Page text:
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NEWS UPDATES Asean Affairs           22   August  2011

Major solar investment in Thailand

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SunEdison, North America's largest solar energy services provider, plans to invest more than US$100 million next year in solar power plants in Thailand through a local partnership.

Pashupathy Gopalan, managing director of SunEdison, which has been installing solar systems using photovoltaic (PV) technology for 10 years in 11 countries, said it would establish local partnerships with banks, as well as engineering, procurement and construction companies.

"We hope to build a meaningful capacity, pending upcoming government approval of the 6.50-baht adder," he said, referring to the extra tariff on power sales per unit offered as an incentive to developers of alternative energy.

"There is great potential in Thailand and many parts of Asia as rapid growth results in higher demand for energy."

The company is constructing two projects in the northeastern Si Sa Ket province with a combined capacity of 16.8 megawatts in a joint venture with Renewable Power Asia.

SunEdison is a subsidiary of New York Stock Exchange-listed MEMC, a global leader in the manufacture and sale of wafers and related intermediate products to the semiconductor and solar industries.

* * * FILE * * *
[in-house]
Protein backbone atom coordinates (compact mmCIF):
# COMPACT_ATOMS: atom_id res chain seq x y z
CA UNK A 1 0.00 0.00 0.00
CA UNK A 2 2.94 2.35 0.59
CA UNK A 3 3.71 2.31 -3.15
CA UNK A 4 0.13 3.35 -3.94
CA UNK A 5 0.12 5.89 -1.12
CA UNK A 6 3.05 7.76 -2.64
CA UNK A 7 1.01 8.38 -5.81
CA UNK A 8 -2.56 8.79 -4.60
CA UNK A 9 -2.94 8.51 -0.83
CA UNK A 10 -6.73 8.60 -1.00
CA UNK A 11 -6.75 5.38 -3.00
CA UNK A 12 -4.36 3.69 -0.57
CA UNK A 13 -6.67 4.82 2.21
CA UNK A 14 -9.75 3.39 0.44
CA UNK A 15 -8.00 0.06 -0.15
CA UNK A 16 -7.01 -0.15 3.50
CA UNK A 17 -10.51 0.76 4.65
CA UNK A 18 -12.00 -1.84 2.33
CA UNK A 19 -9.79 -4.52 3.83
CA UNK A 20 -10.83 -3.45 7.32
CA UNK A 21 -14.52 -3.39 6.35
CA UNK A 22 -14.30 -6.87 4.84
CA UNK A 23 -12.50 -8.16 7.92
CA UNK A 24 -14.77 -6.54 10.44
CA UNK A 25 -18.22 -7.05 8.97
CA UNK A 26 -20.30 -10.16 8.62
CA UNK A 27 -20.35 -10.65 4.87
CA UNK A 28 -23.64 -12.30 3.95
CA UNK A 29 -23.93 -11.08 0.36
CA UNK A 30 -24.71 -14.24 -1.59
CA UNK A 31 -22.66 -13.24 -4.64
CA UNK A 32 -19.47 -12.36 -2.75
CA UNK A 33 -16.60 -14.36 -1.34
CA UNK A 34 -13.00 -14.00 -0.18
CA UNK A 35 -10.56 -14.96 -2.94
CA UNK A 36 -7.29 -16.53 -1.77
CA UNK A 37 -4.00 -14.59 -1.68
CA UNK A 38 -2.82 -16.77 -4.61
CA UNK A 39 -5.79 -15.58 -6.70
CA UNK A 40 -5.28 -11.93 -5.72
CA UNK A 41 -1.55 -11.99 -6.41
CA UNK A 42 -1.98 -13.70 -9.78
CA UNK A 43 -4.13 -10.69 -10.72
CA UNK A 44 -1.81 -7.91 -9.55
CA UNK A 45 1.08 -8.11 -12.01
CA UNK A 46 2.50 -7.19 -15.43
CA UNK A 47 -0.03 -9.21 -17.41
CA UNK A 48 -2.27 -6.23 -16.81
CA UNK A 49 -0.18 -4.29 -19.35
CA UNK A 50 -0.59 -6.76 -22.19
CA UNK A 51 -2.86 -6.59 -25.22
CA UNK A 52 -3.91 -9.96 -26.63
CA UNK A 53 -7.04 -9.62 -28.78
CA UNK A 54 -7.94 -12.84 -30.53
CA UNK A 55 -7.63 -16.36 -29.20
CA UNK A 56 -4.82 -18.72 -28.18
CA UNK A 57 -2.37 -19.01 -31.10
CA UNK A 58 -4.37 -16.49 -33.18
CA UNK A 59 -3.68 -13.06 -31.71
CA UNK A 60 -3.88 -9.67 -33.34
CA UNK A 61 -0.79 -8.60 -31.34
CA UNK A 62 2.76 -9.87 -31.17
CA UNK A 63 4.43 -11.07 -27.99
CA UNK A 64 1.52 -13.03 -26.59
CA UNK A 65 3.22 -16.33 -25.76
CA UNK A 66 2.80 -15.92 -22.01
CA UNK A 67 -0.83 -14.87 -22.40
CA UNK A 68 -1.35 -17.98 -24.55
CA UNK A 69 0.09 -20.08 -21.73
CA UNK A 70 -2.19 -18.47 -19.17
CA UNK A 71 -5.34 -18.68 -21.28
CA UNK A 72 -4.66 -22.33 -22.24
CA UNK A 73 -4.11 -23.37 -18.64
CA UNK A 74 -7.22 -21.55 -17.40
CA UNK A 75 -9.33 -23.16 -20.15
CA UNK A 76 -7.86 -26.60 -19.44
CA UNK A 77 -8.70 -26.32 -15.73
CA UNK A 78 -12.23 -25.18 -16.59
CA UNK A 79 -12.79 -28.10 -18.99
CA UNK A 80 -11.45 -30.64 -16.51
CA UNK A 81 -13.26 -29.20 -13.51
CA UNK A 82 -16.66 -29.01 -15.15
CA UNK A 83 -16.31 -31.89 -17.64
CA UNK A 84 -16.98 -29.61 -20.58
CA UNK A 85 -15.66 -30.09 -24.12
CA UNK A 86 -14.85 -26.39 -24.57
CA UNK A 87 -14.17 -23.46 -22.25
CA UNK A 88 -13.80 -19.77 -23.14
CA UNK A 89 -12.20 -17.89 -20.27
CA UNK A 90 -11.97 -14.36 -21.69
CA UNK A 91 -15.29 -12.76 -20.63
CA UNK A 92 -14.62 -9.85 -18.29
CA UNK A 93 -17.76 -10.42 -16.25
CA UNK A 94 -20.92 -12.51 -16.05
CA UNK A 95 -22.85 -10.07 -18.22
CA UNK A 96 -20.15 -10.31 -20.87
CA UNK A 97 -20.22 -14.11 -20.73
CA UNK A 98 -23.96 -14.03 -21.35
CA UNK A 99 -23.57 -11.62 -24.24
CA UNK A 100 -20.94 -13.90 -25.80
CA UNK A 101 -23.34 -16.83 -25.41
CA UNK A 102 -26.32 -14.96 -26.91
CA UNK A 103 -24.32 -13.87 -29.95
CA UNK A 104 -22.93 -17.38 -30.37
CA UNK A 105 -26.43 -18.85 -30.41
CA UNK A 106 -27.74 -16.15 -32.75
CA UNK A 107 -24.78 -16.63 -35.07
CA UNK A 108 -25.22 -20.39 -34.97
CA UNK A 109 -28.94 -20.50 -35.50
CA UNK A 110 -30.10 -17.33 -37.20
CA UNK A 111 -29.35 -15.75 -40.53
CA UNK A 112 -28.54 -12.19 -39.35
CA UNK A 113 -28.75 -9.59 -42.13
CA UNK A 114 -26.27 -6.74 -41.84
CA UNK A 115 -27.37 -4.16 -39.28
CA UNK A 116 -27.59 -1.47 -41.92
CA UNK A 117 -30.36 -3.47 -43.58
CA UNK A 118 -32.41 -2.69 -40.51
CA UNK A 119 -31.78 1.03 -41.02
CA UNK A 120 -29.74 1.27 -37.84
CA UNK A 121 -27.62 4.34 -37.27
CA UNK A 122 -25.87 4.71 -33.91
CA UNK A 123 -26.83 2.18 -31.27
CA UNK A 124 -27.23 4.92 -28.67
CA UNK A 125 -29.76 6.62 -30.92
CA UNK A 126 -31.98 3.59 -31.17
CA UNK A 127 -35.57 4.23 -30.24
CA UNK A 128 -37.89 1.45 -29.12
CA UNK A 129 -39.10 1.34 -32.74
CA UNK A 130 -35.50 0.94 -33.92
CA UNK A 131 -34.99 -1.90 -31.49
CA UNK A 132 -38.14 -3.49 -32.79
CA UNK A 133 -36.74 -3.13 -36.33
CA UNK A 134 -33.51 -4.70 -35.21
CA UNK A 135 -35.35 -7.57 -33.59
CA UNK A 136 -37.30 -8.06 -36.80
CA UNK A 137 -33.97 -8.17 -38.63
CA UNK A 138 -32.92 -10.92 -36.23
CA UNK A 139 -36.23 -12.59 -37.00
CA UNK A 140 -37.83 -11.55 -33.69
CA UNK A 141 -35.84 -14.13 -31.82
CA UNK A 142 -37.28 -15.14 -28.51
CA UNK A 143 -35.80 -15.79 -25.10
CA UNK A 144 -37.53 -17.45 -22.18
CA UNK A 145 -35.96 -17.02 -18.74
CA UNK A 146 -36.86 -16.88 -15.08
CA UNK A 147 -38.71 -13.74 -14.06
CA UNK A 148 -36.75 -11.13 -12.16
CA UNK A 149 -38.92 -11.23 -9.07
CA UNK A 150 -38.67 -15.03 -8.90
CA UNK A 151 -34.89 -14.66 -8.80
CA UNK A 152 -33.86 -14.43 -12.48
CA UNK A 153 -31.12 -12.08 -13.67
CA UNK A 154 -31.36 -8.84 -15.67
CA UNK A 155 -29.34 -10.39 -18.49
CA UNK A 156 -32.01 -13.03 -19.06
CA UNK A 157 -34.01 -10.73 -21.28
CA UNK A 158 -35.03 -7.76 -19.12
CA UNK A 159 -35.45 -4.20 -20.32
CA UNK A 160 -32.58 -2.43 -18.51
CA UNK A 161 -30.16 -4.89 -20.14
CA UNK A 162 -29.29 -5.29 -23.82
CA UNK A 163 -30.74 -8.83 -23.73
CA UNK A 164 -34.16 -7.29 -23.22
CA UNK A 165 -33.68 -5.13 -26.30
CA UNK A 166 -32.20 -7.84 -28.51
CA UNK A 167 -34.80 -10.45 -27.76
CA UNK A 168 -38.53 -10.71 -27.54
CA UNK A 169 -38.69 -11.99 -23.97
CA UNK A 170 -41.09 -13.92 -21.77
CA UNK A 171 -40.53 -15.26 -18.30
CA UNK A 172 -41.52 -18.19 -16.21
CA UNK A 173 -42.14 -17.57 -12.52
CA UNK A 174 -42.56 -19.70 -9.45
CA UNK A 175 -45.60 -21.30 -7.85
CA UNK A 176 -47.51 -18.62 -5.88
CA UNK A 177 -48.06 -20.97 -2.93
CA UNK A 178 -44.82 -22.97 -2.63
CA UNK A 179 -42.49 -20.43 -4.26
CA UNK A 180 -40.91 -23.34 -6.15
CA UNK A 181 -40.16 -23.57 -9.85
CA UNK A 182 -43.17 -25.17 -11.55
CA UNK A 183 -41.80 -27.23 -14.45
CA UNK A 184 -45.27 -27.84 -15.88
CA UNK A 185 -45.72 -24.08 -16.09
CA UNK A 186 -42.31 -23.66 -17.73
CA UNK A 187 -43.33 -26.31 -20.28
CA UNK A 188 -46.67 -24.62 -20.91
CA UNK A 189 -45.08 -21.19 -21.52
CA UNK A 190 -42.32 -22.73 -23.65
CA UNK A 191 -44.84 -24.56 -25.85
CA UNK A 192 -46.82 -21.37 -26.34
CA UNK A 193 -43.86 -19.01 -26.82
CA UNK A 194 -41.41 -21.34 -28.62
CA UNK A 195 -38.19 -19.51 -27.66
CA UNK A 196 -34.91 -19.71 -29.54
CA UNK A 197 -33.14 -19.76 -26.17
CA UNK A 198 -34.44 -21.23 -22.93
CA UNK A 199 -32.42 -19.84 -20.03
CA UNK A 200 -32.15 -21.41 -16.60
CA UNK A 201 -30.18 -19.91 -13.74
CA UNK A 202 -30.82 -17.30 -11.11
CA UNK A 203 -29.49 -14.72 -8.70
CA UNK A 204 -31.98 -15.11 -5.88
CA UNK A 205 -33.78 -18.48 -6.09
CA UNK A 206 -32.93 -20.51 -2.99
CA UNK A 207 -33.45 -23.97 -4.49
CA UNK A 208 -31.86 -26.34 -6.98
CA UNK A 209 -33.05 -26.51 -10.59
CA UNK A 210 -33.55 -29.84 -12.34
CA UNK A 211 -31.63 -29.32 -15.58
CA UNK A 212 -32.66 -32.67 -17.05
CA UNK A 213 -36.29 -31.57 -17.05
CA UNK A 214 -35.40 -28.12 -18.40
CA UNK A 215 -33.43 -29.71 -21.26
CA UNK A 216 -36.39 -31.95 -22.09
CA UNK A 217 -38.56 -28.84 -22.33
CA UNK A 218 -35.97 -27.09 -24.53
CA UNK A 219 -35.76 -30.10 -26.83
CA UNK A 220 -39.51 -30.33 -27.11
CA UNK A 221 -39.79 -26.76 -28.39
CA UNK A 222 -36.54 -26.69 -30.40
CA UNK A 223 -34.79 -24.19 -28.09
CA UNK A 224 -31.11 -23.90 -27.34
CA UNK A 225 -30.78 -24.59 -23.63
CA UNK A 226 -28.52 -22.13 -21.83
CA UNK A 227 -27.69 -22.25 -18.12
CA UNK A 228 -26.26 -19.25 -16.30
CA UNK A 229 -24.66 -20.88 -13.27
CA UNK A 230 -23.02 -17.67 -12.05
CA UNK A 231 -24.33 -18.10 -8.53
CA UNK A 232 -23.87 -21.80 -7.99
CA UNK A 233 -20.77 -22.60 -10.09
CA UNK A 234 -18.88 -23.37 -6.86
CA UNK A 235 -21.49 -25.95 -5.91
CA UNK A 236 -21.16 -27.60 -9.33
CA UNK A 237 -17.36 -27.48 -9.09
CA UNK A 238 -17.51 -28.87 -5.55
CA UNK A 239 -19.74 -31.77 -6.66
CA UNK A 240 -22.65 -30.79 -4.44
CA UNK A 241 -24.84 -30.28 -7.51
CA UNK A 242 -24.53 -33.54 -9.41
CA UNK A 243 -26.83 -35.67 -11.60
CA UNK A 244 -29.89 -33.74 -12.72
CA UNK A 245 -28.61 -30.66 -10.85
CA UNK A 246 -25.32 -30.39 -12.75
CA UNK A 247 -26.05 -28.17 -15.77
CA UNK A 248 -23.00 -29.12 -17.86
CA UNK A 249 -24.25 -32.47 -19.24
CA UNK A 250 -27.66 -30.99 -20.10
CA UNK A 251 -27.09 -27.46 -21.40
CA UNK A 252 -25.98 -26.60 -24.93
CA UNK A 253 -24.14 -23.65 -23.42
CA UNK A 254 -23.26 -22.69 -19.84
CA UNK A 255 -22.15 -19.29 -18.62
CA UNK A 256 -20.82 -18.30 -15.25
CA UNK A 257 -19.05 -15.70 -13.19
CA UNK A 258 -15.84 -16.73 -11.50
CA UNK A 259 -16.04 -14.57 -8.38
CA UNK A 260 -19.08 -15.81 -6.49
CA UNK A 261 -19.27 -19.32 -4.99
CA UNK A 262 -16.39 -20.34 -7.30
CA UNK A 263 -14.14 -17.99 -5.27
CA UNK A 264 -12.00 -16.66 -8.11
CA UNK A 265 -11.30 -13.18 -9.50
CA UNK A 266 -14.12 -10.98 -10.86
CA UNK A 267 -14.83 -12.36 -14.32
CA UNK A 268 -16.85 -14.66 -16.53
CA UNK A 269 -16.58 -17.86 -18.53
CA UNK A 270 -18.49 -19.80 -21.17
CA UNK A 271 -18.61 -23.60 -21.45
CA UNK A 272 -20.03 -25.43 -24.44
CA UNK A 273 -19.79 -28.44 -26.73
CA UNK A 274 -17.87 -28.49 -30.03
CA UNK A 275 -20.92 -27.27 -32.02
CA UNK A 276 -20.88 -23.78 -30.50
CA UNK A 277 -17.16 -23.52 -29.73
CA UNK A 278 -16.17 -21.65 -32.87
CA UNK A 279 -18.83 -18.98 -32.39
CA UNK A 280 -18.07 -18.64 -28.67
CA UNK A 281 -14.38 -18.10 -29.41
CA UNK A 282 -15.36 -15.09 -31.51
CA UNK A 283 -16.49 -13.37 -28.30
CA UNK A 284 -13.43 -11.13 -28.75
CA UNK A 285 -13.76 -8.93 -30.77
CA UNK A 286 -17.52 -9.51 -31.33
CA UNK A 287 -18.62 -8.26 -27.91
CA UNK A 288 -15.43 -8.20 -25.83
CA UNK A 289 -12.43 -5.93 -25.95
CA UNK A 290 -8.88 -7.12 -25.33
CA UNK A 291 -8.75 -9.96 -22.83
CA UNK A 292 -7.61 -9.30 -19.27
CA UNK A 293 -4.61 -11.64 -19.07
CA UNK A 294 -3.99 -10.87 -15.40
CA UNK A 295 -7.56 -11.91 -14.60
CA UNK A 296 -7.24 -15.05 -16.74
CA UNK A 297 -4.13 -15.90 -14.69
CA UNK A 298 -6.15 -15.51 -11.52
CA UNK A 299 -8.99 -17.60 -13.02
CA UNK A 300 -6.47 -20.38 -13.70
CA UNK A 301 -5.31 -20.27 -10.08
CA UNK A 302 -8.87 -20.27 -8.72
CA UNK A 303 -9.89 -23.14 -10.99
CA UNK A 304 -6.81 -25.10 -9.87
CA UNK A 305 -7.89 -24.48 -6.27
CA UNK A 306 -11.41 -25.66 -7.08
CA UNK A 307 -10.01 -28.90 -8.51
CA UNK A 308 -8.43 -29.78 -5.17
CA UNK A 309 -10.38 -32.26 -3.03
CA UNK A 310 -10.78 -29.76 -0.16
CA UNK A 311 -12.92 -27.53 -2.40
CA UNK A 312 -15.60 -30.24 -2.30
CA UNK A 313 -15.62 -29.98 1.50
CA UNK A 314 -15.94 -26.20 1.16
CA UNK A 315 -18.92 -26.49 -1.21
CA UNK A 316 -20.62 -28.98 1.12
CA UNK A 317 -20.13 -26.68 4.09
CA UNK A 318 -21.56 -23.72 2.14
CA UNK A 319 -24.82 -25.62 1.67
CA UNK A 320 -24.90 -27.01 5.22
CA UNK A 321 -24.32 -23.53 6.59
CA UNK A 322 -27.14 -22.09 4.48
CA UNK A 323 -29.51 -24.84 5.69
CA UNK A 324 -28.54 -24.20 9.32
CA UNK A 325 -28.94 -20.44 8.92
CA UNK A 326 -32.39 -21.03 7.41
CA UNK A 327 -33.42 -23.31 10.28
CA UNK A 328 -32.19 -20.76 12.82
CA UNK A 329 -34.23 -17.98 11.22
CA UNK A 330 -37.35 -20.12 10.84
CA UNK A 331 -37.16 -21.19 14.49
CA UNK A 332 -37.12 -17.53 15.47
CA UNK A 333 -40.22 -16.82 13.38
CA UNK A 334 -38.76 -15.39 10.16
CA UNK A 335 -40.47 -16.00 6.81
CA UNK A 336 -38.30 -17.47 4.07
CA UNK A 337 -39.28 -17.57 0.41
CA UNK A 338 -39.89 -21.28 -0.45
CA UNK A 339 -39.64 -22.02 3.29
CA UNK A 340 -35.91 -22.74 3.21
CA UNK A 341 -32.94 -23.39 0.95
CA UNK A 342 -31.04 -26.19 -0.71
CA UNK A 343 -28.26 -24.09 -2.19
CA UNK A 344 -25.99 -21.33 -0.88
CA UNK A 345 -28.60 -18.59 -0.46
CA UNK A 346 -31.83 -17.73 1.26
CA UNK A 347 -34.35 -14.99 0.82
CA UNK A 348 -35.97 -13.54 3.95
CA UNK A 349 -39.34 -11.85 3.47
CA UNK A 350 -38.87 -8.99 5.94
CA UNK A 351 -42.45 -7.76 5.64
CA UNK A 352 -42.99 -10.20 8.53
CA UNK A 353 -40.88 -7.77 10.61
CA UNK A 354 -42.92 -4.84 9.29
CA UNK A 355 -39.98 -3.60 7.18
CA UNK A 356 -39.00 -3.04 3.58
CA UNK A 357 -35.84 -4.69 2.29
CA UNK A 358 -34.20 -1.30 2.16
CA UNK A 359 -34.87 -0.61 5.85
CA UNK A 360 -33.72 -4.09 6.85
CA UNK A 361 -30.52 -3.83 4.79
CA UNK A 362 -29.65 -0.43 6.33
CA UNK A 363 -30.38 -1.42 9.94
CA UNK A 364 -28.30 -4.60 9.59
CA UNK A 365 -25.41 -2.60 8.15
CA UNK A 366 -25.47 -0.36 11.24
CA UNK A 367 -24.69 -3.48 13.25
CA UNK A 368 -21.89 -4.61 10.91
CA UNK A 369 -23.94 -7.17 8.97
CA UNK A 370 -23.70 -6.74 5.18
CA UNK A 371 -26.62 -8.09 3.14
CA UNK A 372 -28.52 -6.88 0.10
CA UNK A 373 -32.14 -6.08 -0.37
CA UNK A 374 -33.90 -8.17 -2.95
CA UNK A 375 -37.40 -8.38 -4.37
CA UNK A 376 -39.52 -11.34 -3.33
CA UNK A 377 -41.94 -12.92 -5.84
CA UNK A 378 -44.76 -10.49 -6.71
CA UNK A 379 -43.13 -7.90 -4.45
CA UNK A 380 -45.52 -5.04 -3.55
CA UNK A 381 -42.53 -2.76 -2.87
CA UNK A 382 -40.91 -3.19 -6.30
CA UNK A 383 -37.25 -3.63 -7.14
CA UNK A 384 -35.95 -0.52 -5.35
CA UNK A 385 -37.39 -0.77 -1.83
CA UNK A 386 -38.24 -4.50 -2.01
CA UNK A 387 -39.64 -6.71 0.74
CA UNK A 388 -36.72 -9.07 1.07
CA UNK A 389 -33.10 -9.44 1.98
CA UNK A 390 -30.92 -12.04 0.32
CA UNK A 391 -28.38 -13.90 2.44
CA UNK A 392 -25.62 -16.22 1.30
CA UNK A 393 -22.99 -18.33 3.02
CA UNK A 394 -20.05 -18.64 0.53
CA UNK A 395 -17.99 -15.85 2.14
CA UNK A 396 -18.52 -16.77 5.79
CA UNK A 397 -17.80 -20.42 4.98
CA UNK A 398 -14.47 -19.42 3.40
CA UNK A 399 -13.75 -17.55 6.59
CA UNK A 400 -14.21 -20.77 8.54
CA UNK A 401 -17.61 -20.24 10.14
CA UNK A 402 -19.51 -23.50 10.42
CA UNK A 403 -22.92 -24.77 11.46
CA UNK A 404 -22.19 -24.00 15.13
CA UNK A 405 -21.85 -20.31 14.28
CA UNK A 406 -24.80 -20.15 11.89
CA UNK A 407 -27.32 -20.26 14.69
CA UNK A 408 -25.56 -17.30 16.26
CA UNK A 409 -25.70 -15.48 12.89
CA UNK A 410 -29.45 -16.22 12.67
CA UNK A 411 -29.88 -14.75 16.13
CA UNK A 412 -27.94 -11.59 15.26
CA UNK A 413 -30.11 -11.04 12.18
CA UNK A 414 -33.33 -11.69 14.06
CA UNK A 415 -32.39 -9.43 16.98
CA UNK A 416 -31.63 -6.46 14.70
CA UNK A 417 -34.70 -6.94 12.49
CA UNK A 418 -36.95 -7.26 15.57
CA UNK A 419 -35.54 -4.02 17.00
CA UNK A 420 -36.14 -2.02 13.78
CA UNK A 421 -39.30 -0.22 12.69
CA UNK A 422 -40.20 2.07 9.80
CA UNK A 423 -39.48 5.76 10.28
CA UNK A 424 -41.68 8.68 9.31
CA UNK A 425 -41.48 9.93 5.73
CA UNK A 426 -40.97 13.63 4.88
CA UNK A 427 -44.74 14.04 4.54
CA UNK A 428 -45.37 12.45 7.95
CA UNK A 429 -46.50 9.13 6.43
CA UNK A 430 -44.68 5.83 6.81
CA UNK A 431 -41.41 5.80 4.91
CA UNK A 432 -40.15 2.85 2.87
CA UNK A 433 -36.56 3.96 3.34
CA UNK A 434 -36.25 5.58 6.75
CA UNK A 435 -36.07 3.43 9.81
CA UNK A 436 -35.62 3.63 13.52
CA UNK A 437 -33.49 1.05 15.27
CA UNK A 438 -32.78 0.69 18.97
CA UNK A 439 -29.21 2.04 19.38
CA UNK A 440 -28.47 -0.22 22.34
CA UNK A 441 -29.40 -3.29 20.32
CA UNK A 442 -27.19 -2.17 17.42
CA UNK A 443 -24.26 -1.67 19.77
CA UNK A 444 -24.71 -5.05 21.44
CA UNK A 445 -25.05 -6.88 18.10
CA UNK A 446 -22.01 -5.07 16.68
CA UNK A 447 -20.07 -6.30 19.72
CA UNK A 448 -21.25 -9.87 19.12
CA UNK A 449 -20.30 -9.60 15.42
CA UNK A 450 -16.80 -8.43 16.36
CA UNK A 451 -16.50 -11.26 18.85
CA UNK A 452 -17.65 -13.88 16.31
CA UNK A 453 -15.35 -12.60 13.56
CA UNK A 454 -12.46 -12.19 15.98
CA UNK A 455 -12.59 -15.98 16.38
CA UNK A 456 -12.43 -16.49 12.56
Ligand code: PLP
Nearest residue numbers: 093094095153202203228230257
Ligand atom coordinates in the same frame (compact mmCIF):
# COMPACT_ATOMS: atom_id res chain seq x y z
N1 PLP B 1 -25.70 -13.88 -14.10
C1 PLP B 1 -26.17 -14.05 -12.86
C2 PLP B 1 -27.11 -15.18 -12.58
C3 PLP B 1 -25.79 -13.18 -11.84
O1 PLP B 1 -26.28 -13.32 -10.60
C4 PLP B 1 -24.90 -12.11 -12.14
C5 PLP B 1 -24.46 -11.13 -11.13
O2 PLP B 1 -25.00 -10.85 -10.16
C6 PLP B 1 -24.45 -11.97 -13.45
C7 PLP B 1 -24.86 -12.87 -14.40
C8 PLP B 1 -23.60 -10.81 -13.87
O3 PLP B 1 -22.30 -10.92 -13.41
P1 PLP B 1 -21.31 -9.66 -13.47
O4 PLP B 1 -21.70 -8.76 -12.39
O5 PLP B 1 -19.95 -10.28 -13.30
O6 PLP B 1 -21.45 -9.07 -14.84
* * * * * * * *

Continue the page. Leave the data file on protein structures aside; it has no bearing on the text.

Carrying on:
In Asia, SunEdison has manufacturing operations in Malaysia, Korea and Taiwan. It is looking to India and Thailand next.

Mr. Gopalan said solar power was fast becoming viable financially as costs relative to other energy sources are falling.

With solar rooftop installations, there are no transmission losses since the electricity is generated at its point of use.

"In the future, maybe every rooftop in the country can generate 10-30 percent of its electricity from solar power, which can save on natural gas usage from Burma," he said.

However, the government needs to support a rooftop solar policy for residential and commercial use for this to happen.

"In some European countries such as Germany they allow a feed-in tariff, meaning that if you feed electricity into the grid you get paid by the government. People have the choice of using less or feeding. The [Thai] government should study which model is best to ensure broad participation."

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This year in Thailand-what next?

AseanAffairs   04 January 2011
By David Swartzentruber      

It is commonplace in journalism to write two types of articles at the transition point between the year that has passed and the New Year. As this writer qualifies as an “old hand” in observing Thailand with a track record dating back 14 years, it is time take a shot at what may unfold in Thailand in 2011.

The first issue that can’t be answered is the health of Thailand’s beloved King Bhumibol, who is now 83 years old. He is the world's longest reigning monarch, but elaborate birthday celebrations in December failed to mask concern over his health. More


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